Long-term lemur research at centre Valbio, Ranomafana National Park, Madagascar

Patricia C. Wright, Elizabeth M. Erhart, Stacey Tecot, Andrea L. Baden, Summer J. Arrigo-Nelson, James Herrera, Toni Lyn Morelli, Marina B. Blanco, Anja Deppe, Sylvia Atsalis, Steig Johnson, Felix Ratelolahy, Chia Tan, Sarah Zohdy

Research output: Chapter in Book/Report/Conference proceedingChapter

54 Scopus citations


We present findings from 25 years of studying 13 species of sympatric primates at Ranomafana National Park, Madagascar. Long-term studies have revealed that lemur demography at Ranomafana is impacted by climate change, predation from raptors, carnivores, and snakes, as well as habitat disturbance. Breeding is seasonal, and each species (except Eulemur rubriventer) gives birth synchronously to be able to wean before winter. Infant mortality is high (30-70%) and partly due to infanticide in Propithecus edwardsi, and perhaps Varecia variegata. Diurnal lemurs can live beyond 30 years in the wild and most females reproduce until death. Small-bodied Microcebus rufuslive up to 9 years without signs of senescence. Prolemur simusmigrates in search of new bamboo and mates, and related V. variegatamothers park their multiple offspring in "kindergartens", protected by others while mothers forage. Interference competition among sympatric lemurs occurs. Anthropogenic factors, such as past selective logging and climate change may influence the declining density of E. rufifrons, P. simus, and P. edwardsiwhile not affecting the density of pair-living species.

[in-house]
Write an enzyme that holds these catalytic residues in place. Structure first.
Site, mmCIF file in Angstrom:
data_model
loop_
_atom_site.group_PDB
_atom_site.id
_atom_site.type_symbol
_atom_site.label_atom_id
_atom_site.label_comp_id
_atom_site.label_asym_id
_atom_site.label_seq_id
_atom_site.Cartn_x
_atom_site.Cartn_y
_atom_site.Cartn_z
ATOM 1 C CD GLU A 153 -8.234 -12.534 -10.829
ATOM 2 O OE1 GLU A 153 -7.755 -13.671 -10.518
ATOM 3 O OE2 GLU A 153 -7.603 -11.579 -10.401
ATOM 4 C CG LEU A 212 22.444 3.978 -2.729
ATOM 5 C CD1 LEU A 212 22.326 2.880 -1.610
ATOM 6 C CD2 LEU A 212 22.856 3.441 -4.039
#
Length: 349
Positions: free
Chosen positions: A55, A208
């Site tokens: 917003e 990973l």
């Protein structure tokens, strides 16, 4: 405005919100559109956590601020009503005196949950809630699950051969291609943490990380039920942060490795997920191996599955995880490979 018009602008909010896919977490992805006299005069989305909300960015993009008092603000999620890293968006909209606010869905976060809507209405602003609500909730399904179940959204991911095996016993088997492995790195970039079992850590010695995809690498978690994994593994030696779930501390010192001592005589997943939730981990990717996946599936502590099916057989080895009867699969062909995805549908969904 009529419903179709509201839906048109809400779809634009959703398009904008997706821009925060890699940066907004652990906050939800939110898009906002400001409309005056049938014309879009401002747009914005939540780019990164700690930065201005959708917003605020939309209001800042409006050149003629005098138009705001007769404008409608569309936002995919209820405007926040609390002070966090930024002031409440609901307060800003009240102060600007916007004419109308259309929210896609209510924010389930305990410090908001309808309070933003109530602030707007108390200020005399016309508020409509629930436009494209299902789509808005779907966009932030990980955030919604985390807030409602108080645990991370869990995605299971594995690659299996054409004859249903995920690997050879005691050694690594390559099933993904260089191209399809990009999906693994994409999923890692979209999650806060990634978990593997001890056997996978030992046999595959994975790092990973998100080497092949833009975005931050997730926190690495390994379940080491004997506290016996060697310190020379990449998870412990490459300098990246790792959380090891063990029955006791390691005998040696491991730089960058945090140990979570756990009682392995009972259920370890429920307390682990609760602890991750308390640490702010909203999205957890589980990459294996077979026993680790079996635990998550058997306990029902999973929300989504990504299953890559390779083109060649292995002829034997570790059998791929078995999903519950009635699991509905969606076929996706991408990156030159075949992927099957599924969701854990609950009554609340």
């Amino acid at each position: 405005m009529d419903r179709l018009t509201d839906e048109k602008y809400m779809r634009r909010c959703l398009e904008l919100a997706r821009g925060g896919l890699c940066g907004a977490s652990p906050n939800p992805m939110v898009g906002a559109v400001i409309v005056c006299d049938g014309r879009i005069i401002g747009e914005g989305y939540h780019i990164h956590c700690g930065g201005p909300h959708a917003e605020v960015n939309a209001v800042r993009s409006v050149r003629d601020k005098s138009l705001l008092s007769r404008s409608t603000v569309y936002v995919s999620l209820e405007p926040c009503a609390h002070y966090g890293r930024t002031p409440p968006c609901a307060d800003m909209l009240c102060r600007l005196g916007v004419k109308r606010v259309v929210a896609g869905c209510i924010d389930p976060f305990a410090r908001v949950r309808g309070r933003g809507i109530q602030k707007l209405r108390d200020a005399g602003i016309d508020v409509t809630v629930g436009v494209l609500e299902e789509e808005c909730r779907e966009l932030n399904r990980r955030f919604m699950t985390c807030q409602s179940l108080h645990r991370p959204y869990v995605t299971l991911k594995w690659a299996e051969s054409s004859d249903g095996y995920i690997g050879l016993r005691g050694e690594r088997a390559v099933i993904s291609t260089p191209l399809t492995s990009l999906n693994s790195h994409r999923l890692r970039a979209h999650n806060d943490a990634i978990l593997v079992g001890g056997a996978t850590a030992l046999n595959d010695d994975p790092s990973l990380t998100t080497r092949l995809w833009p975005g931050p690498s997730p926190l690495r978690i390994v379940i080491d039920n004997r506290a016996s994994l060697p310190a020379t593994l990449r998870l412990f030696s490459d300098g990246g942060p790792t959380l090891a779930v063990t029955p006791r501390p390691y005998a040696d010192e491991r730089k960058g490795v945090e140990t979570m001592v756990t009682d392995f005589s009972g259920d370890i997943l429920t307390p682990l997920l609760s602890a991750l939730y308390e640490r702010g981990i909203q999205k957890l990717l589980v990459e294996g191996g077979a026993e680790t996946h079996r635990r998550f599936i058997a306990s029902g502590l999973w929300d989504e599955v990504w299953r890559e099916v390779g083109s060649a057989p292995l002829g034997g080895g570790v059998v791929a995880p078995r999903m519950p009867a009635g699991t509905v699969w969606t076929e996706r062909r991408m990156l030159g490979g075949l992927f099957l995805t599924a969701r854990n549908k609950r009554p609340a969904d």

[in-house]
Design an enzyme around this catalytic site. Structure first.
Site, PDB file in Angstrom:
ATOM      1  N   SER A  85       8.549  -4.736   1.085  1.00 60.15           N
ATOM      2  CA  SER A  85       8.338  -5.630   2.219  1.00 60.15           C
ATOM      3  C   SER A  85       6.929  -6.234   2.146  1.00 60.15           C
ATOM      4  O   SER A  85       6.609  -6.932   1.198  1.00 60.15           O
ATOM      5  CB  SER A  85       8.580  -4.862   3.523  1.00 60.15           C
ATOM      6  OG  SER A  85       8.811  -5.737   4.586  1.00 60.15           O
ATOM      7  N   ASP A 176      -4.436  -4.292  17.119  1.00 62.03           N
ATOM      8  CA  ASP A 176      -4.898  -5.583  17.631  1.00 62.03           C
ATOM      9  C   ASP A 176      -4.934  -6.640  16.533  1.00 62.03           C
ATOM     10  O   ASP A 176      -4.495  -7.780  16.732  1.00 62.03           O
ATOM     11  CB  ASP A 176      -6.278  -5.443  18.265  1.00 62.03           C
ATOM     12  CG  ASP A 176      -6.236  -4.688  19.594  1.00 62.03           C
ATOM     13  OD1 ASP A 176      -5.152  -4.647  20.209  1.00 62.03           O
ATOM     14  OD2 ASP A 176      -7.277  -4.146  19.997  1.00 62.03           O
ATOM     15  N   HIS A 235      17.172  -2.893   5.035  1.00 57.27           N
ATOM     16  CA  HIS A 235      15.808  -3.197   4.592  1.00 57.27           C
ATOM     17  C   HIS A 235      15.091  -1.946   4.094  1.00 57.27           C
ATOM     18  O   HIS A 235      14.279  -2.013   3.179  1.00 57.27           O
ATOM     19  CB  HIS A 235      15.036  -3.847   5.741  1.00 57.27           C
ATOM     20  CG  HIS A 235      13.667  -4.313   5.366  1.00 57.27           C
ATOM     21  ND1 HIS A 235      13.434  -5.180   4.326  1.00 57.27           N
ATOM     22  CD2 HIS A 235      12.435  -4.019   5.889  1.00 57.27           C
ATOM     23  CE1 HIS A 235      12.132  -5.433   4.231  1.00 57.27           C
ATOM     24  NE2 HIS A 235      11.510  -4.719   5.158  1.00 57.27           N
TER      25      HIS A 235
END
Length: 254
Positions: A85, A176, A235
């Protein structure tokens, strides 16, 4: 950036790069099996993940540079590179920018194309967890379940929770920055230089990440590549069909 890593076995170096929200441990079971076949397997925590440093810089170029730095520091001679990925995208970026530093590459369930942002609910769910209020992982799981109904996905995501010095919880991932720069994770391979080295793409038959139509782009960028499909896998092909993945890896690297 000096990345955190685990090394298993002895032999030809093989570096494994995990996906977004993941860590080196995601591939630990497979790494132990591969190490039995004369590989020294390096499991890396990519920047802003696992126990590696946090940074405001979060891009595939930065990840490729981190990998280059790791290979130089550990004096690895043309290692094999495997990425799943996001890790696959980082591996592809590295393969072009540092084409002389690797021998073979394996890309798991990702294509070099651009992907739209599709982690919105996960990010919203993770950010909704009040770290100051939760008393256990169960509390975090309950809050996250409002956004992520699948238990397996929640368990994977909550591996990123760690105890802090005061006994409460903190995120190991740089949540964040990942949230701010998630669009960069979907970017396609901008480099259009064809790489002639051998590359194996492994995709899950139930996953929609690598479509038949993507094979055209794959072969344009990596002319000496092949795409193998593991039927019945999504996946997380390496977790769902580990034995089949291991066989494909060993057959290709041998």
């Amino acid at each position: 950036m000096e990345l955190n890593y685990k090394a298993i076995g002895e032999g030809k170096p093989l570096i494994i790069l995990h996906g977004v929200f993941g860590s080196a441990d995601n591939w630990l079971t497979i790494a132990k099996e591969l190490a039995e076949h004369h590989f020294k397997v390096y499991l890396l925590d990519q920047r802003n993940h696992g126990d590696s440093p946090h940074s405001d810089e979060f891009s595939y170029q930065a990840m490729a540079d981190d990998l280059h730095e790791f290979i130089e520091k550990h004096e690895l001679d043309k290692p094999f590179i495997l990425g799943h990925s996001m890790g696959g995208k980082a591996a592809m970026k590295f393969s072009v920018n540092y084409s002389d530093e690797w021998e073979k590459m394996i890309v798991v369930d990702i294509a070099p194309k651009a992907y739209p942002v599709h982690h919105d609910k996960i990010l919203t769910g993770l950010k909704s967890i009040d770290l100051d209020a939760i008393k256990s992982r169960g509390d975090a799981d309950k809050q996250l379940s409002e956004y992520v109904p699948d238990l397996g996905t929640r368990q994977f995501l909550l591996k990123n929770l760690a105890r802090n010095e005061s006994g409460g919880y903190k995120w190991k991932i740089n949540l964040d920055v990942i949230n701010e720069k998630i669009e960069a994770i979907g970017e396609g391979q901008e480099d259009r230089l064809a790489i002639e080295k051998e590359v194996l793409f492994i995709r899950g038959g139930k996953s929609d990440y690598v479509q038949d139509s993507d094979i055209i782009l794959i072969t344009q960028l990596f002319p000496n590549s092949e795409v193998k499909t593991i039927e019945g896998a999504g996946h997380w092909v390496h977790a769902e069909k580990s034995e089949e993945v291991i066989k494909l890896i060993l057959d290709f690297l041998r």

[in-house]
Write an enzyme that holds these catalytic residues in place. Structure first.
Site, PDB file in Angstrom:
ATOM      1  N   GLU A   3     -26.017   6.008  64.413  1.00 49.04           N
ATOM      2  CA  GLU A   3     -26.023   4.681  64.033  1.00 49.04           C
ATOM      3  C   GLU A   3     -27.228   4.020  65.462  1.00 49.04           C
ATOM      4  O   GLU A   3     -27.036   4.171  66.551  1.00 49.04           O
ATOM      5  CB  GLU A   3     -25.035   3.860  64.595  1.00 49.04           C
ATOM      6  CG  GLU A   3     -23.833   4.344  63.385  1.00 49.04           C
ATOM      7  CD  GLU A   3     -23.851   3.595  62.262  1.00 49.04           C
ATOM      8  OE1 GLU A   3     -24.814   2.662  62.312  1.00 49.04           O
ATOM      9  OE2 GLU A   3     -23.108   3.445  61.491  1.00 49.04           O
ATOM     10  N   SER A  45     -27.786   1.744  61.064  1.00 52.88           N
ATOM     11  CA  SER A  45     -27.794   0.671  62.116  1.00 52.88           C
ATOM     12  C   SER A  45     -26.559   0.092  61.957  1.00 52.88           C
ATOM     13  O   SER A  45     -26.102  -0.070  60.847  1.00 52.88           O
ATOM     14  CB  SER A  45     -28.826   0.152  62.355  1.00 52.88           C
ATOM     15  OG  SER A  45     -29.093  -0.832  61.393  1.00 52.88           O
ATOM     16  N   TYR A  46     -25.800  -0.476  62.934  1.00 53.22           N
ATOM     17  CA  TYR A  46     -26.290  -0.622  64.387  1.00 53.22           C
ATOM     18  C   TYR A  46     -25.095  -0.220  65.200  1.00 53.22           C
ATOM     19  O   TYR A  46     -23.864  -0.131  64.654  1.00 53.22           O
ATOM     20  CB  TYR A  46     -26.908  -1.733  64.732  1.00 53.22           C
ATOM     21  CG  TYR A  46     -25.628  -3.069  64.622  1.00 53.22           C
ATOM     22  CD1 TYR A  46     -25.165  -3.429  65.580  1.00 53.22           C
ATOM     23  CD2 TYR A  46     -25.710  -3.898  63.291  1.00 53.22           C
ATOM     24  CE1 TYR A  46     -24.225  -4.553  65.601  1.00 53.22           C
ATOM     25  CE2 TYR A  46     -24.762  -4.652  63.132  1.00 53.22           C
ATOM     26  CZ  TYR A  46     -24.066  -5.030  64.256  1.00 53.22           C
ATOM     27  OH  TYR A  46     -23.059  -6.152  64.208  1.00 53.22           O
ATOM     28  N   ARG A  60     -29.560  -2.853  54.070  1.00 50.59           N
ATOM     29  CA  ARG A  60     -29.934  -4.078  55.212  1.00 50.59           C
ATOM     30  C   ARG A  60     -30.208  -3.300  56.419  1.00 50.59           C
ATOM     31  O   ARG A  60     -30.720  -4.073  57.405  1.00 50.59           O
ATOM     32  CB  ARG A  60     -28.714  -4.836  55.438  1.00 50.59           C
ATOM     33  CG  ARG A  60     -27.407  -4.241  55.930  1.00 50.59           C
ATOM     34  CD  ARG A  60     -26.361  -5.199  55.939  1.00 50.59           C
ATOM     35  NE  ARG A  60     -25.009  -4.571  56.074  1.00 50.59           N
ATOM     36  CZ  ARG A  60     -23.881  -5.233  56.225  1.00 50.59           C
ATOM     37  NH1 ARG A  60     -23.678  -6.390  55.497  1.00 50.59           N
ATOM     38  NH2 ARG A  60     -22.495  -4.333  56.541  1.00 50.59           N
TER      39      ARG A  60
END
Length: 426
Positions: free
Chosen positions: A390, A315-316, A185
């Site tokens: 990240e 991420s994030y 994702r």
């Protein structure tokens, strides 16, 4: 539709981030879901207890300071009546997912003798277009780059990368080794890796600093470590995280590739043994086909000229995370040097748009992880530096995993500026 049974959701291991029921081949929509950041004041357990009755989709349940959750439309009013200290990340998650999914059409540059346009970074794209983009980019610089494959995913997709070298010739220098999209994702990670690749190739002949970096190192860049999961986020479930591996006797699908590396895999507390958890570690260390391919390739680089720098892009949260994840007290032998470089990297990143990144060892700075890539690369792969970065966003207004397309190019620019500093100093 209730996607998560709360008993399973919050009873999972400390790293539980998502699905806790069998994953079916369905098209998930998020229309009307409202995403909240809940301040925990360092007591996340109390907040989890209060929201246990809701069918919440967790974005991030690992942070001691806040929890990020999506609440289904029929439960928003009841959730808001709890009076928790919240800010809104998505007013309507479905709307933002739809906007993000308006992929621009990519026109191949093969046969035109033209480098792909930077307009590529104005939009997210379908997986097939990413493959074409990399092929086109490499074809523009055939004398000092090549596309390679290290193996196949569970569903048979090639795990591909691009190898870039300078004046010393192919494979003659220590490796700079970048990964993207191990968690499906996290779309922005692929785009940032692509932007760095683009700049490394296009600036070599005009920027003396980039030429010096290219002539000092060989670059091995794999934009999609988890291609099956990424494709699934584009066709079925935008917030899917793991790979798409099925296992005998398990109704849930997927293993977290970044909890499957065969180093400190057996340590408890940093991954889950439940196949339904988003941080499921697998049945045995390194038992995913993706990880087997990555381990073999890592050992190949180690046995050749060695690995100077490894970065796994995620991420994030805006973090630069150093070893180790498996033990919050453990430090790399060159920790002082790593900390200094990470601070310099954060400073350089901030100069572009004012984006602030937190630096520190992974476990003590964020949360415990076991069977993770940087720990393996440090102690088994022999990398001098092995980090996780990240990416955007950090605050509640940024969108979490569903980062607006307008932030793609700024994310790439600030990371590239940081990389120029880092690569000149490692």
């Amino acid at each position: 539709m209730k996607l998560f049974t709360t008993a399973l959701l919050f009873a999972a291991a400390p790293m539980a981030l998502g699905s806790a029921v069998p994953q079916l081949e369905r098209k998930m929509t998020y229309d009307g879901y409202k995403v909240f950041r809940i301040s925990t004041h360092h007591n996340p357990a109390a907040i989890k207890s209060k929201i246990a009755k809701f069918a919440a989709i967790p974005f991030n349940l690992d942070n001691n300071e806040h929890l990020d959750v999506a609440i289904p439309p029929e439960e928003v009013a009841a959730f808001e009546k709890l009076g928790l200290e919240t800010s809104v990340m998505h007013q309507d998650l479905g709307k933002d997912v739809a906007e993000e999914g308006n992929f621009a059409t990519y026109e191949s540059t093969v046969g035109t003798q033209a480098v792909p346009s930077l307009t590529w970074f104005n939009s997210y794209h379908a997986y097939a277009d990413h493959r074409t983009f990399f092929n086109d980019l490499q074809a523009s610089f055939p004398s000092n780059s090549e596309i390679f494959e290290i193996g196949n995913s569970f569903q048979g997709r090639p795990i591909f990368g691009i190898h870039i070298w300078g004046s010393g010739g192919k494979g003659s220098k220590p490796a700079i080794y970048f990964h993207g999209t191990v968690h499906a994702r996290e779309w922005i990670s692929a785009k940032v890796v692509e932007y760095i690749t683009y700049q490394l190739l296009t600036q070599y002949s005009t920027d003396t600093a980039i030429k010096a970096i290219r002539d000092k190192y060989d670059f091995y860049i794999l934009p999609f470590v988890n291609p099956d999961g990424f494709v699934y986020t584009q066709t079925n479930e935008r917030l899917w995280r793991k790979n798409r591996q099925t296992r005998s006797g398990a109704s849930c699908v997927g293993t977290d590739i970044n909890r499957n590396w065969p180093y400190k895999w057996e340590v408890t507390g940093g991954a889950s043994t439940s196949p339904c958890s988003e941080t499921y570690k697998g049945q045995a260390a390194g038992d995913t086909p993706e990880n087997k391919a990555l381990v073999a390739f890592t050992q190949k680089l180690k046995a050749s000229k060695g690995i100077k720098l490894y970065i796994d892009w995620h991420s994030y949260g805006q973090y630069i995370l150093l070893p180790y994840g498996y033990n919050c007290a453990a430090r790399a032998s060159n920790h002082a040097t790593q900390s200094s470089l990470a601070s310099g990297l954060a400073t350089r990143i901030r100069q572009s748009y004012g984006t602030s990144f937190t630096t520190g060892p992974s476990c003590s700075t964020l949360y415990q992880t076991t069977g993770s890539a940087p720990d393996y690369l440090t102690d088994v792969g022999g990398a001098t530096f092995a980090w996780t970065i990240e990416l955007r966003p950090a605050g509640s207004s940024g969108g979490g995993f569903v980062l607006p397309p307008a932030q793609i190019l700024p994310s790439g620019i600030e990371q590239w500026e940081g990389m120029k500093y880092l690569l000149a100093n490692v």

Original languageEnglish (US)
Title of host publicationLong-Term Field Studies of Primates
PublisherSpringer-Verlag Berlin Heidelberg
Number of pages34
ISBN (Electronic)9783642225147
ISBN (Print)3642225136, 9783642225130
StatePublished - Jul 1 2012

ASJC Scopus subject areas

  • Agricultural and Biological Sciences(all)
  • Psychology(all)


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